ASEAN vs China: the next great manufacturing war

Photo: GM Heritage Center/CC BY 3.0

Manufacturers are looking to opportunities in Southeast Asian countries as the cost of operating on their traditional sites in China grows. This could boost much-needed growth in the regional ASEAN economy.

By Holly Reeves

China’s position as the world’s factory faces a threat from within. Smartphone maker Xiaomi just announced that from now on all the units they sell in Indonesia will also be manufactured there. This means new jobs for Indonesians and a turnaround for Southeast Asia’s manufacturing industry where China has long been king.

Beijing’s Ambassador to Indonesia, Xie Feng, says localising production in this way means that China-Indonesia cooperation has entered a new stage. A relationship that was once about simple commodity trade and project contracting has moved to investment Indonesia and technology transfer.

Wang Xiang, senior vice president of Xiaomi added that, “Local manufacturing is a milestone for Indonesia and …through local production, we can now bring more exciting products to Indonesia. We are committed to integration with local productivity and will explore with the local software developers.”

The low cost of labour is a big draw for multinationals chasing profits

Global management firm McKinsey says this type of move is more about money than managing friendships. The low cost of labour in ASEAN nations like Indonesia, Laos, Myanmar, and Vietnam is a competitive advantage for multinational firms. The average cost of factory labour in China is $28 a day. It is $7 a day in Vietnam and $9 in Indonesia.

We “believe Southeast Asia will take up China’s mantle of the ‘world’s factory’ over the next 10-15 years as companies move to take advantage of cheap and abundant labour in areas such as the Mekong,” says Glenn Maguire and ANZ Bank economists.

This is because of the growing commercial and logistical connections between cheap labour in Southeast Asia and sophisticated producers in Singapore and Malaysia. The region also offers the geographical benefits of producing goods so close to large and growing markets, as well as Indian and Pacific trade routes.

The rise of the so-called MITI-V (or mighty five) of Malaysia, India, Thailand, Indonesia, and Vietnam will be a defining factor in global trade in the next decade adds market analysts Deloitte. Their competitiveness index predicts that a fall in Chinese competitiveness, together with a push to improve American manufacturing will benefit these countries and see more work shift from China to its Southeast Asian neighbours.

Costs are low, but so is worker productivity

This is because the world’s largest market is moving from being export-driven to consumption-driven amid rising wages. However, although labour costs in Southeast Asia are lower than China, so is worker output. In 2012, average labour productivity in Vietnam’s manufacturing sector was only about 7% of that in China. This leaves companies with an interesting dilemma of balancing costs and growth.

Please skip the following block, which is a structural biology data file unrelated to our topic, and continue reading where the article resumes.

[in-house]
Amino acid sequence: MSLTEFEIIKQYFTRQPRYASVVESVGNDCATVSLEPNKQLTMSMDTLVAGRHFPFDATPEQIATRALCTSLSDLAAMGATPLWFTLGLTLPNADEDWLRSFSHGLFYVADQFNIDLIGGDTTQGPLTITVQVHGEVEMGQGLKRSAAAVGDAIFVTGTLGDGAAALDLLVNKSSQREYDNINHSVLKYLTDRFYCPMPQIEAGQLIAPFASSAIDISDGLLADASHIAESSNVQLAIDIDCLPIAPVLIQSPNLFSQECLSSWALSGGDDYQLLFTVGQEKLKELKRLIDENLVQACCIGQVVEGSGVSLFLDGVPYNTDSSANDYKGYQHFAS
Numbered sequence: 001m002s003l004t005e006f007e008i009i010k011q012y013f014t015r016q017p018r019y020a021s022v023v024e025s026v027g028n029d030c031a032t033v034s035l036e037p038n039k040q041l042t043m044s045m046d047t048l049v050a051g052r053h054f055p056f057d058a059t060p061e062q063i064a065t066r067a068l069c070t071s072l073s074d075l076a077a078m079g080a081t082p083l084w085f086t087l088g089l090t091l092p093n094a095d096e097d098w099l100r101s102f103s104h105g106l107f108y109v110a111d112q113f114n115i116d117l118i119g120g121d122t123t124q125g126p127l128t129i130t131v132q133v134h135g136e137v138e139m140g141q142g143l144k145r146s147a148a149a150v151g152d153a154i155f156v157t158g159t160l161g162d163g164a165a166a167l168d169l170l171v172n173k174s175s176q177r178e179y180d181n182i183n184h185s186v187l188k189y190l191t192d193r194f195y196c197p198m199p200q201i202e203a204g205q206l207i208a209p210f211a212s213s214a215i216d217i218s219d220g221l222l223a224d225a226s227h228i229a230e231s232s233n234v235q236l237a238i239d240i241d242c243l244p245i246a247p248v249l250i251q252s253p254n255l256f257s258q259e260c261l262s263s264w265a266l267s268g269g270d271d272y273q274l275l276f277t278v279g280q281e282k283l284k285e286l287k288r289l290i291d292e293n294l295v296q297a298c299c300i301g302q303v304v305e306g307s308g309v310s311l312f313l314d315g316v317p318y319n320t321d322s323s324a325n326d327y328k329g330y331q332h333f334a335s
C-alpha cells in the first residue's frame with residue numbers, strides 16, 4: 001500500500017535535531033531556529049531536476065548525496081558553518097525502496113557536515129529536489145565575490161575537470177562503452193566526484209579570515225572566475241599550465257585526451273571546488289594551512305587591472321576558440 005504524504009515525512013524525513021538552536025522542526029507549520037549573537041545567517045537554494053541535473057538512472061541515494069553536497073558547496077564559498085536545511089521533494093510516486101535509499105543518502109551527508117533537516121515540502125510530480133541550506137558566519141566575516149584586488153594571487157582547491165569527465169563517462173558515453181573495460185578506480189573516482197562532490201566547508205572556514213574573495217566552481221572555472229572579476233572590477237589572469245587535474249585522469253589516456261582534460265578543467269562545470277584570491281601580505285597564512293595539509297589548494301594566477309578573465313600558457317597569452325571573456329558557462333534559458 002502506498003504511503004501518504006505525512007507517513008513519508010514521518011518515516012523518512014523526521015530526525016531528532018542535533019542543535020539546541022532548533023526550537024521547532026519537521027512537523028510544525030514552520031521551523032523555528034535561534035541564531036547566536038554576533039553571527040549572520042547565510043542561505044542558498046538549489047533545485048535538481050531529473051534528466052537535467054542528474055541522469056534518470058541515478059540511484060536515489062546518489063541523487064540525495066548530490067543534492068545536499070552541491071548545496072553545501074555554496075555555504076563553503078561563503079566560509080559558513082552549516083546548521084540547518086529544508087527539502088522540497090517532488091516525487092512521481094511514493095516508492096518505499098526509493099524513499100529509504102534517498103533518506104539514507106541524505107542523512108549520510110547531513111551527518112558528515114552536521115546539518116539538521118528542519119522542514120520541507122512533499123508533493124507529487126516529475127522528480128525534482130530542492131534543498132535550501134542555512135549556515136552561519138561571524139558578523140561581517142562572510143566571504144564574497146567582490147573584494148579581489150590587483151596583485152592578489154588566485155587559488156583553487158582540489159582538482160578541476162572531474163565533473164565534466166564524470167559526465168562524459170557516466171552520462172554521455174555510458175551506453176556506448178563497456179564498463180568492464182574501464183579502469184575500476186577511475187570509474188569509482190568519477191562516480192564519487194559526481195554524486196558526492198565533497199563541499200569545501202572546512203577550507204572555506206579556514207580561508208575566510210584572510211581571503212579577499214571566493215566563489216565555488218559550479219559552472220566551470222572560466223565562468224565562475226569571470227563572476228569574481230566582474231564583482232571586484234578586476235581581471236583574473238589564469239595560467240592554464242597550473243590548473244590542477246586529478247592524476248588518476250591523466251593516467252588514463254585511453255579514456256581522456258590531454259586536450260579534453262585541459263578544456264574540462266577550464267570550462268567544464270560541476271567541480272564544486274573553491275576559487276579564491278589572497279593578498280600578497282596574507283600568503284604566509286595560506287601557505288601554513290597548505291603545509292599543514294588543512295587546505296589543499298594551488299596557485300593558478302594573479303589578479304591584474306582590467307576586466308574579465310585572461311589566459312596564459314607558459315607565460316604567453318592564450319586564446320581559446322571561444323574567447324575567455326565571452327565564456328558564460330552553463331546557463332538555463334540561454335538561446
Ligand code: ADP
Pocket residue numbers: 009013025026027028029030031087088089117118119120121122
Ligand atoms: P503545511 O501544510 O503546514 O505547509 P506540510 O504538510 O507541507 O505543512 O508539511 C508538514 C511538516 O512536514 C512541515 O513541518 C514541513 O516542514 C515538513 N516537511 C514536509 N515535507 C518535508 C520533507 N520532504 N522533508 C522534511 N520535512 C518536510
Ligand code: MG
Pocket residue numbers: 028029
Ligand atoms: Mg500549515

“The Southeast Asian countries of Indonesia, Malaysia, Thailand, and Vietnam continue to garner the interest of global manufacturers looking for alternatives to China with the availability of skilled workforce and growing labour productivity, as well as the lower manufacturing labour cost in comparison to China,” Ng Jiak See from Deloitte Southeast Asia explains.

“Other advantages that these countries offer to global manufacturers include numerous tax incentives in the form of tax holidays ranging from three to 10 years, tax exemptions or reduced import duties, and reduced duties on capital goods and raw materials used in export-oriented production,” added Ms Ng.

Paperwork and procedures need reform to realise the full economic potential

A huge opportunity is emerging for Southeast Asia as ASEAN integration increases local and global trade; attracting more production from multinationals as Chinese facilities costs rise. If it were counted as a single country, ASEAN would already be the world’s seventh-largest economy with a combined GDP of US$2.4 trillion.

By comparison to China, ASEAN nations offer a young workforce and low wages but there are challenges that need to be addressed to help these relationships take root. For example, the big data, mobile Internet and disruptive technologies in which many firms currently lag behind must be embraced. Import and export costs are also 24% higher in ASEAN than in China, and the region’s customs procedures take 66% longer than the Organisation for Economic Cooperation and Development (OECD) average.

Manufacturing orders are currently low

These issues are reflected in the recent manufacturing purchasing managers’ index for Vietnam, Myanmar, Thailand, Indonesia, Malaysia and Singapore which shows most countries performed badly and orders fell to the lowest level in eleven months. To turn this around ASEAN must show itself as open for manufacturing business with a skilled workforce and credible infrastructure.

China’s crown as the factory of the world is there for the taking. The ASEAN nations just need to stretch out and grab it.